LONDON Programmable-logic developer Xilinx Inc. has launched a consortium that aims to provide one licensing agreement covering a range of intellectual-property (IP) suppliers.
The Common License Consortium, set up by Xilinx and most of its AllianceCore members, is a potential competitor for the Virtual Component Exchange and its standard IP contract model, though Xilinx has initially limited membership to its existing technology partners.
The consortium's SignOnce license allows customers to use IP netlists from any of the members on a site basis or a project basis under one set of terms and conditions, rather than requiring users to negotiate terms with every IP provider.
"We are seeing more designs where you have multiple cores and you have to go to different providers," said Dave Nicklin, segment solutions marketing manager for Xilinx. "This initiative is to make using cores almost like using components."
Though the concept is currently restricted to Xilinx partners, Nicklin said, SignOnce could gain wider usage and recognition. "It could be a model for other people to follow," he said.
Altera Corp., Xilinx's main rival, was not available for comment. The consortium's 22 founding members include Mentor Graphics' Inventra IP division and configurable-processor designer ARC Cores.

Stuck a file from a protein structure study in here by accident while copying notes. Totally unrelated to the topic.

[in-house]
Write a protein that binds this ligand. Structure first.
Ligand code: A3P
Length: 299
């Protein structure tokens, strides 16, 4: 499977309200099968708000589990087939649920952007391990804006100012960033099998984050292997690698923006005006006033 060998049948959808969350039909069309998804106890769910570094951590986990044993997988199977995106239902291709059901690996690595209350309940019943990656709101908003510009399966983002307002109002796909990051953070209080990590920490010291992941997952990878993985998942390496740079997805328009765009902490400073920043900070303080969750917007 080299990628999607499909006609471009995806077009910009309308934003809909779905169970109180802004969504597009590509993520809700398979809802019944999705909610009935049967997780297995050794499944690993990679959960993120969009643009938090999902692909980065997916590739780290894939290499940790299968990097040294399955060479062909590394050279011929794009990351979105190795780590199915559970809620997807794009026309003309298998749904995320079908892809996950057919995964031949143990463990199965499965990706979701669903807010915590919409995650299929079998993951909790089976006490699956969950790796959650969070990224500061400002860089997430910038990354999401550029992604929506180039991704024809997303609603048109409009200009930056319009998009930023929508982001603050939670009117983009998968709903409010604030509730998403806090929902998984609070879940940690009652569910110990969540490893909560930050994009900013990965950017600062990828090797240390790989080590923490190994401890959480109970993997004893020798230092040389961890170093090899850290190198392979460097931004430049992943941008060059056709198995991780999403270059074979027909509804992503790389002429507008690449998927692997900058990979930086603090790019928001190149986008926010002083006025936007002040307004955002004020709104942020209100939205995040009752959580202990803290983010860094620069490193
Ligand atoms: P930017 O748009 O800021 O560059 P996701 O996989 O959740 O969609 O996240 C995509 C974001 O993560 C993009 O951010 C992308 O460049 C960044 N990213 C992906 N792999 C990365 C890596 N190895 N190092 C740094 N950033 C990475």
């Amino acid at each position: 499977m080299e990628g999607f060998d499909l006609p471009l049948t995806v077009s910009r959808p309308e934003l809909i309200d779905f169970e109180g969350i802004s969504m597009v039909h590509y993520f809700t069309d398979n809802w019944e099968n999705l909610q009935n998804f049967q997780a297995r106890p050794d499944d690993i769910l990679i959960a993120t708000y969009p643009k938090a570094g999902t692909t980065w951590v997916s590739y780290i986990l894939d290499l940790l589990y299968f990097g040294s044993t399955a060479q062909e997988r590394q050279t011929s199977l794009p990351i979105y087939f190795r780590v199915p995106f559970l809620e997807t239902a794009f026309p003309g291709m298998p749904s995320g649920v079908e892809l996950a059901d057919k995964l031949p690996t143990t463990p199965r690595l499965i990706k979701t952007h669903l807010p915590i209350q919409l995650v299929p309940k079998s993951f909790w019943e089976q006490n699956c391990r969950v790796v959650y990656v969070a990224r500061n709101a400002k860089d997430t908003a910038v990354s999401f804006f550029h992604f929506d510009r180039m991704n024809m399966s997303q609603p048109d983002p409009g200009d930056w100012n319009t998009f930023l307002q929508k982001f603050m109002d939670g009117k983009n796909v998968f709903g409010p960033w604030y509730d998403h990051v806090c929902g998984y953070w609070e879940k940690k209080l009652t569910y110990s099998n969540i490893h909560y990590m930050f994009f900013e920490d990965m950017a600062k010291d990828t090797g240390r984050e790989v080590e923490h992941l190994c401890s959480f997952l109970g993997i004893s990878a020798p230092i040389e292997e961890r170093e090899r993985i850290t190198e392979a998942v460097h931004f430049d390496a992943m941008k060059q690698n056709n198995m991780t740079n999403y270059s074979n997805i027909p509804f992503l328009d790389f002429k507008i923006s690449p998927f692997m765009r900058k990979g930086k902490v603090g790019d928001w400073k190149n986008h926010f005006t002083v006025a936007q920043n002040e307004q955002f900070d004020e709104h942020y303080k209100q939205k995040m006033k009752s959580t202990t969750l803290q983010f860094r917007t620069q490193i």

"We see this as a significant development, since ARC's mission is to help system-on-chip designers accelerate their development and get their products to market quickly," said Emmanuel Benzaquen, ARC's strategic-alliance manager. "With our involvement in the Common License Consortium, we can help our customers take several more months off their development cycle."
ARC uses a Xilinx Virtex-E FPGA in its ARCangel 3 hardware-prototyping development system. "A customer can now create a complete, complex system-on-chip, including several cores, with just one set of tools and also one single license," said Benzaquen.
Nick Flaherty is a n editor at Electronics Times, EE Times' sister publication in the United Kingdom.